Bear Hunting 2017 – Putting Meat on the Table
Bear Hunting 2017
Soooo…here we go. Don’t leave! I’ll handle this topic as honestly and sensitively as possible. Bear hunting. This is an old-time skill that was on the decline for many years. The number of women who hunt is increasing and we’re teaching this skill to children. For many of us, we know too much about factory farming, wildlife conservation (population management, for example) and eating a natural diet. We are, after all, animals. We’re animals. We’re part of the food chain and if you take our weapons away, we’re not at the top. I’ve written more about Why I Hunt so I won’t continue with that right now.
A common question when I talk about bear hunting is “do you eat it?” We do. It’s similar to pastured beef. Bear Stew is one of my favorite dishes. I’ve written tips for cooking bear meat. Steve broke last year’s bear into quarters for me and I did the butchering myself. I was more careful than I needed to be since all of the meat was going to be ground but it was worth the time to learn about muscle mass, how muscles run through the body, and how I’d be making cuts if I were cutting it into chops, roasts and steaks. This bear hunting thing – it’s a lot of work but it’s time well spent.
We have three bait sites. I don’t expect any bears at the site I harvested my bear last year. The area has been logged and there are a lot of other sites around. My bear was the last bear in; not a single other bear came to the site after we left with mine.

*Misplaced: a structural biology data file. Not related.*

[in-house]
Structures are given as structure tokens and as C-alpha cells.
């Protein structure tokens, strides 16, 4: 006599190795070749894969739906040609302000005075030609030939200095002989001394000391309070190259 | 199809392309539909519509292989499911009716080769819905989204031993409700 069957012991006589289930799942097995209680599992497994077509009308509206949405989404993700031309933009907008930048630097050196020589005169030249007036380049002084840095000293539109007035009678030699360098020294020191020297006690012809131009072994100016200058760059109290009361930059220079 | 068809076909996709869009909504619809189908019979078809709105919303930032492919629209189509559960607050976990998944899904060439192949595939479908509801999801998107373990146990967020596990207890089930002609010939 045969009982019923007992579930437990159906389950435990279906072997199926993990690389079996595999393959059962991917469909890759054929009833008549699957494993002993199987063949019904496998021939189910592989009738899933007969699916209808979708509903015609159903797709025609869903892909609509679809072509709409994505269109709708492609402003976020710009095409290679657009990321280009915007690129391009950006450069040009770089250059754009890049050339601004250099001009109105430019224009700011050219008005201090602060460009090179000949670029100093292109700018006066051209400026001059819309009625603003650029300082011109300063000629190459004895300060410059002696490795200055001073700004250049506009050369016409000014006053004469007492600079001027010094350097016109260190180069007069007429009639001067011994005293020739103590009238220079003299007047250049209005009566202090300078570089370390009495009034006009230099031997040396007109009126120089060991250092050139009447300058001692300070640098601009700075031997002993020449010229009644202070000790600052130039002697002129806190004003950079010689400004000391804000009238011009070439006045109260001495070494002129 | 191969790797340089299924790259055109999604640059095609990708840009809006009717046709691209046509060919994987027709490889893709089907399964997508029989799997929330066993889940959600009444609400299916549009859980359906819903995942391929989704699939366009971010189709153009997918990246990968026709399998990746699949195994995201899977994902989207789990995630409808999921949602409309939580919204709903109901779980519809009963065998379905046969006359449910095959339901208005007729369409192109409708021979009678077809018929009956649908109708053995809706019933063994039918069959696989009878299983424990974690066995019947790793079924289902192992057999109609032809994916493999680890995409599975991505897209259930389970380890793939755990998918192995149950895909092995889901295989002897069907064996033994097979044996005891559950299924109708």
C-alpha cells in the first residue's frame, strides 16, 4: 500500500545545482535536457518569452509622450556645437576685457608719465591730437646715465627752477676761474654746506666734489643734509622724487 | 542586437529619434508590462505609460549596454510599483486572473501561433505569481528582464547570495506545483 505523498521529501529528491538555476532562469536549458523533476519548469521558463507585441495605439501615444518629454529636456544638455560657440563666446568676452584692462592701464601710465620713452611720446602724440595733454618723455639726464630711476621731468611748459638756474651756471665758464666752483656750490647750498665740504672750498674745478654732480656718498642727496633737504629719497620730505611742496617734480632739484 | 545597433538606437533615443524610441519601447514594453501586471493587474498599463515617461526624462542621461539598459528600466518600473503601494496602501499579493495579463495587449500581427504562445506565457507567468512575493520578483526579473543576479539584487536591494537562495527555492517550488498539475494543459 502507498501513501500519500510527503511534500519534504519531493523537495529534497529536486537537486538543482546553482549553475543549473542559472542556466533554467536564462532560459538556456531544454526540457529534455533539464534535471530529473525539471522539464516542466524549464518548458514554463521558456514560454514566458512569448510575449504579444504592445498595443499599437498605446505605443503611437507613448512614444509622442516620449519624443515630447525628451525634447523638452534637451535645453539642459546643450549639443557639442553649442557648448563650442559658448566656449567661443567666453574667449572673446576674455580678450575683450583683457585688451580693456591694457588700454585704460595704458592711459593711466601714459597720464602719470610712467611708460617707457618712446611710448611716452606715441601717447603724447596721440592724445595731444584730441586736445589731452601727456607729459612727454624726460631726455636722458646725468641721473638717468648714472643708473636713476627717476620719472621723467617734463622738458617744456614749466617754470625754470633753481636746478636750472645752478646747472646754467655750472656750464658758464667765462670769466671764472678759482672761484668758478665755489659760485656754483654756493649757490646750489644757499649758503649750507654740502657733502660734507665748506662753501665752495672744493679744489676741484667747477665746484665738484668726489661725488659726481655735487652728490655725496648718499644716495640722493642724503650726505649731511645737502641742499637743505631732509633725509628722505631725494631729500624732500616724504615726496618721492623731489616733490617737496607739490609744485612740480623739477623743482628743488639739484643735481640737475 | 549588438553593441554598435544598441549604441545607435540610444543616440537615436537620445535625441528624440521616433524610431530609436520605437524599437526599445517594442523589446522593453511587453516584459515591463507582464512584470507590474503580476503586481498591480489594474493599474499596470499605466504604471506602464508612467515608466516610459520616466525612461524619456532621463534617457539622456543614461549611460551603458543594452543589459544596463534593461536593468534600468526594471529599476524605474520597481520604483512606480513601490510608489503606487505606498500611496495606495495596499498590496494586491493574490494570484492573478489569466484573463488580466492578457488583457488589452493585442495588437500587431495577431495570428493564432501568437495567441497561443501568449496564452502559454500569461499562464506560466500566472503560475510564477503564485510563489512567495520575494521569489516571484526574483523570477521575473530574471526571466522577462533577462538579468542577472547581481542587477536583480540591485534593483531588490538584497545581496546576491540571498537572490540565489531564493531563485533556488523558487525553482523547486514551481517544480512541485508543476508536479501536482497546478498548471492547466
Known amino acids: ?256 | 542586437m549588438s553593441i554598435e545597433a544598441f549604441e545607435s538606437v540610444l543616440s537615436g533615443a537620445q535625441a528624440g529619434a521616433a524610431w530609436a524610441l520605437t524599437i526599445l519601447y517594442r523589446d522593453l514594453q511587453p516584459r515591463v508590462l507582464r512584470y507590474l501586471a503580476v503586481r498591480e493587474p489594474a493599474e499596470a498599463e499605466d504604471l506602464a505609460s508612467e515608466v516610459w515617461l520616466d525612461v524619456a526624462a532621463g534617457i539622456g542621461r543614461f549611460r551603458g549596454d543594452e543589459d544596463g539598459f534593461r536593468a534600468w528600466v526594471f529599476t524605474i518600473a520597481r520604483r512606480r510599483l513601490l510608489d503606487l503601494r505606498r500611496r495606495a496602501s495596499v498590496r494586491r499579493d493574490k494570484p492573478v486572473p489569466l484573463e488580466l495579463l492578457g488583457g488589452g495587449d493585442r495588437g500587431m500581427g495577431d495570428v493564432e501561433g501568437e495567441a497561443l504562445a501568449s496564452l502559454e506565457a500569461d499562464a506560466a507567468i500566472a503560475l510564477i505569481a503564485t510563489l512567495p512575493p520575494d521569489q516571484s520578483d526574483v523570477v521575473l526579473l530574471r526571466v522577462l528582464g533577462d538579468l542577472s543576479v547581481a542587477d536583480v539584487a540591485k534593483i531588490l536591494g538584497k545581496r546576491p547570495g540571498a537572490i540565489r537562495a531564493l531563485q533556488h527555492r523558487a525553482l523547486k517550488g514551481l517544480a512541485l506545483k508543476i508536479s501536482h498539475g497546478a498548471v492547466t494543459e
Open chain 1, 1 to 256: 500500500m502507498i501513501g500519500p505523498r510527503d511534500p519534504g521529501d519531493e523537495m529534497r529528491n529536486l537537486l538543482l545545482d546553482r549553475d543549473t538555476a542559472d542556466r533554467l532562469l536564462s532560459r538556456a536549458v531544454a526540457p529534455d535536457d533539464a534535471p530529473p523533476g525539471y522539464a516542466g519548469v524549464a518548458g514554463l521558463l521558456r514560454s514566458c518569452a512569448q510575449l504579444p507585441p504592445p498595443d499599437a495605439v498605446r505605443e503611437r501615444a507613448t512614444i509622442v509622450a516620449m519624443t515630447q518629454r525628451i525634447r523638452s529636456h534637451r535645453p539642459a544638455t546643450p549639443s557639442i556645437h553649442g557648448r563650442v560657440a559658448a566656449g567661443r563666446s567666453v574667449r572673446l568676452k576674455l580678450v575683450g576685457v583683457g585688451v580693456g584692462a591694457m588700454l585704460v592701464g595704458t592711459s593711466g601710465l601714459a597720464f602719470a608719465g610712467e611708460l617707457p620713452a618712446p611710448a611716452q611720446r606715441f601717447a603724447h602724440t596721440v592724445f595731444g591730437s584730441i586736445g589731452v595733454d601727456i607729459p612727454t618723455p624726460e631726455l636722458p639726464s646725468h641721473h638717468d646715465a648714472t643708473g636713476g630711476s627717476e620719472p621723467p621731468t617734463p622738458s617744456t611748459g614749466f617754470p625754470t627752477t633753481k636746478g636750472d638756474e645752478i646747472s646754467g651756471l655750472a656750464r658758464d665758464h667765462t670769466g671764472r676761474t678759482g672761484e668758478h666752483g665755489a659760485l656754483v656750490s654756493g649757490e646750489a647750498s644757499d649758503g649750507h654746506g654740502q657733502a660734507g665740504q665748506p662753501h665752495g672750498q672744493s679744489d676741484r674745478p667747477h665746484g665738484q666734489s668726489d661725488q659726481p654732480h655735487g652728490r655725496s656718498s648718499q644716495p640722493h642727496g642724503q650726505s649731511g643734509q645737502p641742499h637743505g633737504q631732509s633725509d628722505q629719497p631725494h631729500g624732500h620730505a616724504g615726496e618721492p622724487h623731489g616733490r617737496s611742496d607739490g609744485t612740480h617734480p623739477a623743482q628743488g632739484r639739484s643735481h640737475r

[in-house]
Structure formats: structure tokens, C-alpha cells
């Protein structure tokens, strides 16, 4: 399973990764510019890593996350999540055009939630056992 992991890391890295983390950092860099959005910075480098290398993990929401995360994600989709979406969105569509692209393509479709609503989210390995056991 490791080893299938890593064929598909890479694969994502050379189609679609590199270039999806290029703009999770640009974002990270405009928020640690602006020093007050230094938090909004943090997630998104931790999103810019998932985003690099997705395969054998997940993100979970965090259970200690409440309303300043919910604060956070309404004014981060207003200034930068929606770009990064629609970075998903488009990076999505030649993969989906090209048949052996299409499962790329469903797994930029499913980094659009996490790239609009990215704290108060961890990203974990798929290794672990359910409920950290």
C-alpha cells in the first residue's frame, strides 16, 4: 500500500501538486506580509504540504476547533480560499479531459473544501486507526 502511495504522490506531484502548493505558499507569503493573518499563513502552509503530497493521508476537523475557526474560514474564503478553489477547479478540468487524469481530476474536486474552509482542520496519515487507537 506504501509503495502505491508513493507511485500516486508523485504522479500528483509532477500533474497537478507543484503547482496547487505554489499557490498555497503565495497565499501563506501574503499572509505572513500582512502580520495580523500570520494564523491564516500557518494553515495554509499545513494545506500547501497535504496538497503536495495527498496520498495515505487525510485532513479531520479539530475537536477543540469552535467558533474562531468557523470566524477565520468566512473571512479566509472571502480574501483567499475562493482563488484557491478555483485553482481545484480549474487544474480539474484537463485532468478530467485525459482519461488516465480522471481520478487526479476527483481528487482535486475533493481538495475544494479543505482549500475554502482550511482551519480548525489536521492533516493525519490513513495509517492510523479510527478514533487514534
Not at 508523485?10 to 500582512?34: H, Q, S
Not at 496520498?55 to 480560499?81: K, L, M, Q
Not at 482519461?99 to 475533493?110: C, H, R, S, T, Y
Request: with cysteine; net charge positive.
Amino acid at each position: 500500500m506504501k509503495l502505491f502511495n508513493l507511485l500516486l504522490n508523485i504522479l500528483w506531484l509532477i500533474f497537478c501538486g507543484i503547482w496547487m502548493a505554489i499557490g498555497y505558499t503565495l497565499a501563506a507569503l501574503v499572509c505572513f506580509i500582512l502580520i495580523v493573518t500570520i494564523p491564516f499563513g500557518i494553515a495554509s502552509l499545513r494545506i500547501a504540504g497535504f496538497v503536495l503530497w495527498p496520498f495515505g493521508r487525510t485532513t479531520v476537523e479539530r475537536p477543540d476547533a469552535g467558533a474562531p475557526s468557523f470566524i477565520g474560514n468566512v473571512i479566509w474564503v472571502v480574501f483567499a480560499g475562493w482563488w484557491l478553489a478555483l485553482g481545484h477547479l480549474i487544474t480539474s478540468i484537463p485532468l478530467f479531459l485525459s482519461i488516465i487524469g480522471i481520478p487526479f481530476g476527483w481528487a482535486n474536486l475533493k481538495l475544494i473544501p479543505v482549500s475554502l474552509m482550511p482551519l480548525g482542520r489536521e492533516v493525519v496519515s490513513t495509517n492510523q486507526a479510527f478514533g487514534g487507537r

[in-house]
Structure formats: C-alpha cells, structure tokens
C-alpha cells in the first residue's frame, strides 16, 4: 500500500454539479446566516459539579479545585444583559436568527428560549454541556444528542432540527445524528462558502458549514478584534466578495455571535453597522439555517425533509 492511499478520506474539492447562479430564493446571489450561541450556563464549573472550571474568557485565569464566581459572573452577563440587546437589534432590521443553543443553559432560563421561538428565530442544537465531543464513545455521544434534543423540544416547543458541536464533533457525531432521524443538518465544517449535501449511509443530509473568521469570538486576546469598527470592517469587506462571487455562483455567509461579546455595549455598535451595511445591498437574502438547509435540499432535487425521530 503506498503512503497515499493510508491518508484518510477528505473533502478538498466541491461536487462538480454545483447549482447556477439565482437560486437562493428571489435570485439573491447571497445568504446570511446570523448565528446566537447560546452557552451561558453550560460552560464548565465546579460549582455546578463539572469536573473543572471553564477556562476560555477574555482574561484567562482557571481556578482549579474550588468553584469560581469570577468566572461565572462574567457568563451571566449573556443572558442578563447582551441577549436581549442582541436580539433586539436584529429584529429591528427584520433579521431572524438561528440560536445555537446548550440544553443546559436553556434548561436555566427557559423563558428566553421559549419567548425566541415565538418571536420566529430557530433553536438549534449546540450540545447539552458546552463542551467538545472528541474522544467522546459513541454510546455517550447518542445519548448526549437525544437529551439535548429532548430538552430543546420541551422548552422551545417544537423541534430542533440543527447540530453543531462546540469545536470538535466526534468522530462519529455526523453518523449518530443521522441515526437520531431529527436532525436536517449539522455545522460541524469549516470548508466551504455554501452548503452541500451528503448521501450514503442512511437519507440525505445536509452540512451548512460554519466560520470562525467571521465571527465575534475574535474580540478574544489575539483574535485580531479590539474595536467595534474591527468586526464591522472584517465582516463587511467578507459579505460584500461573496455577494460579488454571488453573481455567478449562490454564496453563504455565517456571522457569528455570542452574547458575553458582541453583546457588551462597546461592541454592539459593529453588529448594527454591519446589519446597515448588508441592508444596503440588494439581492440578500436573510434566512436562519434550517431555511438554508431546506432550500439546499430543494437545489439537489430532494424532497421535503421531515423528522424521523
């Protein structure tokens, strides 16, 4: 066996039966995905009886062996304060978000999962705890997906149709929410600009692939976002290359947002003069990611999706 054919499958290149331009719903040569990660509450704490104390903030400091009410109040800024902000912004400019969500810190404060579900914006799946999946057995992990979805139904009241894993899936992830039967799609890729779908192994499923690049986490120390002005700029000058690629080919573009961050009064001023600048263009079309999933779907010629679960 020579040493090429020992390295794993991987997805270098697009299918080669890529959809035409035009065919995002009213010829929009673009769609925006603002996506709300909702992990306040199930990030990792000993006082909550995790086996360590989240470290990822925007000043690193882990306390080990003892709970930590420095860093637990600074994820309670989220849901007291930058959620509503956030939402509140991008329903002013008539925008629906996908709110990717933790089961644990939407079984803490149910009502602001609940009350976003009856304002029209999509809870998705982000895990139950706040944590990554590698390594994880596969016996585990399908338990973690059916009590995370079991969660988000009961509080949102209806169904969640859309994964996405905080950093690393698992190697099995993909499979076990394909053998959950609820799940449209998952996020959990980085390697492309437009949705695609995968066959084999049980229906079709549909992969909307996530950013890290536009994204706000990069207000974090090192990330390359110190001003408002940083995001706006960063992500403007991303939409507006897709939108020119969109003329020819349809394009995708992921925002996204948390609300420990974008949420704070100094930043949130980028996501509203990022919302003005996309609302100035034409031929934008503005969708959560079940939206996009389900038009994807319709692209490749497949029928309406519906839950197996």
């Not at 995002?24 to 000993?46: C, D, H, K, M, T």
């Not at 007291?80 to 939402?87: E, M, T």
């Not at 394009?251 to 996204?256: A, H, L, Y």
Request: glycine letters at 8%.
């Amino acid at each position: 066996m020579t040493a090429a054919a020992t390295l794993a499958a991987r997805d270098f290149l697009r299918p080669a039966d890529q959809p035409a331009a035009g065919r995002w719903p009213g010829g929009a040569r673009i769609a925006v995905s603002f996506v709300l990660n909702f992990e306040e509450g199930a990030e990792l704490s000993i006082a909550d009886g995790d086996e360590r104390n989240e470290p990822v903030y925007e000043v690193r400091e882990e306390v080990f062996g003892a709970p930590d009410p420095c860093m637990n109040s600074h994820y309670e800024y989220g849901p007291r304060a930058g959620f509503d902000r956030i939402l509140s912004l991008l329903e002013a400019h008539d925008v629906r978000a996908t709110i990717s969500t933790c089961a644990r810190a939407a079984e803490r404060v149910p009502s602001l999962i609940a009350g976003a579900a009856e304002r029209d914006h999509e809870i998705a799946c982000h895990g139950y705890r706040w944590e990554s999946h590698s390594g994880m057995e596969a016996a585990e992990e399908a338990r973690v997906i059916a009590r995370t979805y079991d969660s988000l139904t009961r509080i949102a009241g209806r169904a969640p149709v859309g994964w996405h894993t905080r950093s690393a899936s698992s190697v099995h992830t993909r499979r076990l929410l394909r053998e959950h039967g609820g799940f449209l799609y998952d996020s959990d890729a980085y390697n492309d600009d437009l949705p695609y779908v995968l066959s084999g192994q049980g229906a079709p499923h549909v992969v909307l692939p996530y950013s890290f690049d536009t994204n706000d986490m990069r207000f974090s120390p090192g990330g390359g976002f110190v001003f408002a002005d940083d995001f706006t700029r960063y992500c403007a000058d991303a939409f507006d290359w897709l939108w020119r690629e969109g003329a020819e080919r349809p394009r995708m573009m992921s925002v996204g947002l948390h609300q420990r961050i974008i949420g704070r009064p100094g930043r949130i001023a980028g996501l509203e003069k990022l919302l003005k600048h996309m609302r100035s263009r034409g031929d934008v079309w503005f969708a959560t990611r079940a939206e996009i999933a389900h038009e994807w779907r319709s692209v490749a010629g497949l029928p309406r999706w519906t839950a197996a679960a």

A bait barrel is the equivalent to a feed trough in a factory farm. These animals have a choice. They don’t have to eat. They can walk away without as much as a sniff, and that’s what happened the first week of the season at Steve’s site. A mature bear walked by, was there two seconds according to the game camera, and hasn’t been back. These bears have complete freedom. They bait is there to give us time to bring the bear into a clearing (they’re almost impossible to see otherwise) and give us time to assess the animal. Sow with cubs? Pass, we don’t shoot them. I passed on my 2014 bear but when he came back to the site and I saw that he was mortally injured, I took him.
Today we’re talking about the new site, behind our house. We set it up last year with a five gallon bucket. No bears. This year, one week after it was set up, this boar showed up. He’s new to this site, the first bear at this site, but he’s definitely not new to bait barrels. He handled it like a pro. This bear is the right age to be one of the triplets I watched from an old site nearby. It’s also old enough to be the yearling Ava made “friends” with last year. There’s nothing timid about this boar.
Thanks to game cameras, here’s what happens when an experienced bear visits a bait barrel for the first time. This barrel has crushed cookies, granola, mixed nuts, and a half-gallon of donuts.
He’s about the size of the injured bear I harvested in 2014. He was 148.5 pounds.
I’ve been harshly bashed and my life threatened because I hunt, mostly when I wrote a blog for Bangor Daily News. People have been 99.99% polite and willing to learn here in the blog. I’m willing to explain what I do and answer all questions honestly. I appreciate that here in the blog we’re respectful and polite even when we don’t agree. That means a lot to me.